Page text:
Tag Archives: church

Do We Really Believe in the Resurrection?

Do you get the resurrection?

I know, as Christians we talk about the resurrection, but do you get it?

Praying with some friends today, I asked God to make the resurrection more real to me. I believe in it, but I think I’m just so used to the idea that I don’t truly get it.

Think about what we believe! Christ (God the Son), took on flesh, lived a sinless life, died to atone for our sins, and RESURRECTED!

That’s nuts!

The resurrection was a central part of the early church’s testimony (Acts 4:33) and the Gentiles mocked them for it (Acts 17:32). Naturally speaking, what we believe is absurd. No dead man gets up to live again.

That’s why I wonder if we get the resurrection. Do we truly sense and feel the miracle of what happened that day? Does it register as more than a good thought or a cool story?

The early church endured persecution because they got the significance of the resurrection. Nero was said to have lit them on fire to serve as lights in the evening. Why would people continue to confess faith in Christ if they knew death was imminent? Because they believed with everything they had that the resurrection of Christ was real.

In a sense, at the resurrection lies the crossroads of faith and unbelief. Without the resurrection, Jesus becomes no more than a guy with pithy sayings and a death wish. If Jesus stayed in that tomb, let’s stop with the craziness.

However, if the resurrection is true, that should absolutely light up our world. Words can’t even express the significance. Christ’s deity is proven, God has drawn near, and life becomes more about Him and less about us.

Do we get the resurrection?

I’m convinced that if we understood the significance, our lives would never look the same. After all, if we believe that a man died and came back to life to free us from sin and death, then should we not give everything we have to bring honor to His name? The resurrection radically alters lives.

  • Prayer becomes more than a domestic intercom (credit to Piper). We eagerly seek His will and direction.
  • The study of Scripture takes on new life as we eagerly want to know more about our resurrected Savior and God.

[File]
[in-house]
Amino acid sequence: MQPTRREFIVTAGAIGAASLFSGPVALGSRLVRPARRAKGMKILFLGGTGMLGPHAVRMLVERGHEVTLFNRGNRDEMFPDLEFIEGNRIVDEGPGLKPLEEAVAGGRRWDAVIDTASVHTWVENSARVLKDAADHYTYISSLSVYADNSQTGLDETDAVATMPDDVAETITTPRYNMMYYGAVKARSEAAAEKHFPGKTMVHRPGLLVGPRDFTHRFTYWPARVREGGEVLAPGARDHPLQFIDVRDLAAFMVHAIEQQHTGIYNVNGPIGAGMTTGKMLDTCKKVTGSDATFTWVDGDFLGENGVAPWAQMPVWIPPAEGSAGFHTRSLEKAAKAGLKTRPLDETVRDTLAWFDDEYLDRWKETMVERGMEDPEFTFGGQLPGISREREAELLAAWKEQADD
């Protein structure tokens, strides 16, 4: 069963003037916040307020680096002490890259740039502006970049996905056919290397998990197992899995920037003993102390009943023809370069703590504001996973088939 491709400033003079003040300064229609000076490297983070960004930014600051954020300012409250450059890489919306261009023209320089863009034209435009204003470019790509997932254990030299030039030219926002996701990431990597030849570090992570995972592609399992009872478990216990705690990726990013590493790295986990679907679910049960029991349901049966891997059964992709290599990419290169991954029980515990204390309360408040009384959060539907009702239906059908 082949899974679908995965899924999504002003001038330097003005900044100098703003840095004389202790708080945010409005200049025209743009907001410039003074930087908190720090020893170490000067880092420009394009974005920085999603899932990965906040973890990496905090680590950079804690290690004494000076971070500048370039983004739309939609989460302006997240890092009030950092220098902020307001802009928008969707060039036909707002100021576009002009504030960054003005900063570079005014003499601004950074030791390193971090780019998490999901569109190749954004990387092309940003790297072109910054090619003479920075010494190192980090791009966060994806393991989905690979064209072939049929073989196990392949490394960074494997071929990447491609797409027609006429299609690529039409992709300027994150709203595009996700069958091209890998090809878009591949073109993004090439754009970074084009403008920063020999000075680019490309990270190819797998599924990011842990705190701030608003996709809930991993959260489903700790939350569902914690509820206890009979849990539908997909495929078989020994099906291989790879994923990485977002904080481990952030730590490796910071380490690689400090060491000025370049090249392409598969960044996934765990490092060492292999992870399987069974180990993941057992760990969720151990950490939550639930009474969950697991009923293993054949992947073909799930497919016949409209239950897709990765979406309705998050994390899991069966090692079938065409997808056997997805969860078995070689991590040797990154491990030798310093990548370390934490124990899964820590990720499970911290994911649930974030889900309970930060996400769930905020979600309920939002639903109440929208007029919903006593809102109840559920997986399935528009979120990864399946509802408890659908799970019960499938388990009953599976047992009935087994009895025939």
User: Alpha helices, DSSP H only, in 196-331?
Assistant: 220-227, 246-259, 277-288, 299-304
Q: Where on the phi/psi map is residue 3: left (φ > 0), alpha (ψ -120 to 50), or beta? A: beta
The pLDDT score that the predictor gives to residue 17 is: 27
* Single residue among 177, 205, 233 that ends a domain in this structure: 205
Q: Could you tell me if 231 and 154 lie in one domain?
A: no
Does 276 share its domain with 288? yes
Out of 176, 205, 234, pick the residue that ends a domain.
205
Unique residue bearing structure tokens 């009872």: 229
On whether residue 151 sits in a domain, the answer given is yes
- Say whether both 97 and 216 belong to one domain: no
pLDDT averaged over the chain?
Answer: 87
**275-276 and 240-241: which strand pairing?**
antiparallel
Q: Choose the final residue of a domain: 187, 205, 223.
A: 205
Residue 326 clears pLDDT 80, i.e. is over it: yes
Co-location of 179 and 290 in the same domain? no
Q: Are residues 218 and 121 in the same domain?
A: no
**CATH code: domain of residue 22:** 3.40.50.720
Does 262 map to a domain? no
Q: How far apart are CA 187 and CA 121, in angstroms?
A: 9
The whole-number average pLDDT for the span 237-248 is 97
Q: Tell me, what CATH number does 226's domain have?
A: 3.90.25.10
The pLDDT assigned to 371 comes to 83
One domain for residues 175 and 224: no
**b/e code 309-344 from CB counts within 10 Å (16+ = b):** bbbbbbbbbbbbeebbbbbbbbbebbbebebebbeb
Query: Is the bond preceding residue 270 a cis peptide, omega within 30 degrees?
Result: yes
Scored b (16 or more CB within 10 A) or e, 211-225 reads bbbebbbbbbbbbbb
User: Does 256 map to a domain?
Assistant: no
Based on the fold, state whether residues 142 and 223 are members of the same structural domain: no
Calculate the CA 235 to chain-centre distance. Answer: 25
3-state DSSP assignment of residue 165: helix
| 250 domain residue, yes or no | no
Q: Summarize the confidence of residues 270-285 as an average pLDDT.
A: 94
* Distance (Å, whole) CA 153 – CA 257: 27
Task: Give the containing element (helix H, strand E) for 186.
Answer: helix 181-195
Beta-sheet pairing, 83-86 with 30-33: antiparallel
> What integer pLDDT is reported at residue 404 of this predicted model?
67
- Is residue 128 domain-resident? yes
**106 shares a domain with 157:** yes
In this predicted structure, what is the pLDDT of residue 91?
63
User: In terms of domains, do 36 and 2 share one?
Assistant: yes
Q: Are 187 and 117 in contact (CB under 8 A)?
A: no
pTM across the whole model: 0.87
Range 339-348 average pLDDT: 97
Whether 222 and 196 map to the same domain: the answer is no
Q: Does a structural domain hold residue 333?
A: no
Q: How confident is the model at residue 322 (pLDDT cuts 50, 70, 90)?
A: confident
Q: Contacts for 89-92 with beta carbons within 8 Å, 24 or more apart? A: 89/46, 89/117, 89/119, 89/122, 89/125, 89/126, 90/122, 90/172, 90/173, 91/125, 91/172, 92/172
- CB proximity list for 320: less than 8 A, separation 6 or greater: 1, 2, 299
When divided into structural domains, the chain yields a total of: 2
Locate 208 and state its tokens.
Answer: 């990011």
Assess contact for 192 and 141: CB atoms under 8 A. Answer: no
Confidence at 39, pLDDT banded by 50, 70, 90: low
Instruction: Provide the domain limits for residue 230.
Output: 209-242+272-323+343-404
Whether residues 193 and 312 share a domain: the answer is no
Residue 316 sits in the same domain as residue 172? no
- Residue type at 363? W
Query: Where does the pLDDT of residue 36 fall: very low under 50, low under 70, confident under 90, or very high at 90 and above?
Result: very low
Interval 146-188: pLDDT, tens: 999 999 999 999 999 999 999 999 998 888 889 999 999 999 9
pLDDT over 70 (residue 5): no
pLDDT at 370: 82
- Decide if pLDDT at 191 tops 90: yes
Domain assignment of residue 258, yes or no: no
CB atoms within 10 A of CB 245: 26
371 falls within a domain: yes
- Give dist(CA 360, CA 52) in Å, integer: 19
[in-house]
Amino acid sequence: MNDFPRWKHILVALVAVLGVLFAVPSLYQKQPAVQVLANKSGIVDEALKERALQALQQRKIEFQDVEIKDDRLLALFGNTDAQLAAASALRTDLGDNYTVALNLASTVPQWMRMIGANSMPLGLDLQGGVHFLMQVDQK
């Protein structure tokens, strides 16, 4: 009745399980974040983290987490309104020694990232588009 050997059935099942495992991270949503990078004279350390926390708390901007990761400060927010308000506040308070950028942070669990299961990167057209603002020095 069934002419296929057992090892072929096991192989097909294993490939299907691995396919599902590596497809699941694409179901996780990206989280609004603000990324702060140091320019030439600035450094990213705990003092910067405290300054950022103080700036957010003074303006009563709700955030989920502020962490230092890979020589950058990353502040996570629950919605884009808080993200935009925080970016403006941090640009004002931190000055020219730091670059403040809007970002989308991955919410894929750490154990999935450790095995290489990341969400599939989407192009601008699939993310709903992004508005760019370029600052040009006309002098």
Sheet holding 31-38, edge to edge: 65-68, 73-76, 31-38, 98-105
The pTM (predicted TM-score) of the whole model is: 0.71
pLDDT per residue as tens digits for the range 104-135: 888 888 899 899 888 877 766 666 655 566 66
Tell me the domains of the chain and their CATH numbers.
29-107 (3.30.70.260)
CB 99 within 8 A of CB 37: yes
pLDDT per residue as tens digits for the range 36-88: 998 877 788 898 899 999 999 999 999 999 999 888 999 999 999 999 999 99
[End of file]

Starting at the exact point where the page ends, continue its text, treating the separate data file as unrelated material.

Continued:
• Money becomes utterly meaningless for comforts and pleasures.
  • People are no longer means to an end or faceless numbers. We see them as God sees them and we long for them to know Him.
  • Worship becomes a joy rather than a chore.
  • Duty, frustration, and routine are replaced with sacrifice, joy, and the cool tension of not knowing where God will lead you next.

Life, in view of the resurrection, takes on whole new meaning. The resurrection changes everything.

So, do you get the resurrection?

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Filed under christian, Making God Known, Realizations, Scripture

Get into the Game

My son loves sports. Only four, he thrives on hitting a baseball, dribbling a basketball, or kicking a soccer ball. Consequently, we signed him up for soccer this spring and he loves everything about it…except…the game.

The coach divides the kids into groups and my son will run through the drills, always looking back at my wife and I, with the biggest smile on his face. The team lines up on one line and races toward the other end and he sprints his heart out. He’s won 6 0f 7 races! He’ll get together with a friend and kick the ball back and forth just for fun.

But then comes the game…

Within five seconds, my little guy gets this distraught look on his face and hightails it over to us. I’m not quite sure what scares him, but for some reason, he has the hardest time getting used to playing the actual game. He’ll do the drills, he’ll do the racing, he’ll practice his heart out, but he struggles with getting into the game.

I wonder if we do that too.

Most of us excel at wanting to practice. We want rules, we want guidelines. 20 minute quiet times? We can do that. Pray for a few minutes? Sure, why not? Attend church fairly regularly? No problem, I like the people. Give some money away? Tougher, but o.k.

We have mastered these drills, but when it comes to getting into the game, we’re often unsure, scared, or both.

Maybe we’ll fail.

Maybe people won’t like us.

Maybe I don’t know enough.

Maybe certain things are for “higher up” Christians.

Maybe, maybe, maybe…

We create these barriers in our hearts and minds and find ourselves playing the majority of the game on the sideline. We’ll cheer for the success of missionaries, pastors, or “stronger” Christians, but never do much more than practice or watch.

Some may ask, “What exactly is this game you refer to?”

Valid question. I think it involves many things: sharing our faith, serving others, encouraging others in the faith, etc.

I’m not intending to denigrate discipline and “practices”, but I’m reminded of Psalm 67 .

May God be gracious to us and bless us
and make his face shine on us—
2 so that your ways may be known on earth,
your salvation among all nations.

We are saved by grace, through faith. Our relationship with God is essential. Prayer and scripture should permeate our lives. However, as they do, they motivate us to action. “May God be gracious to us…so that your ways may be know on earth.” Israel was meant to be a light to the nations. In the same vein, we are God’s ambassadors.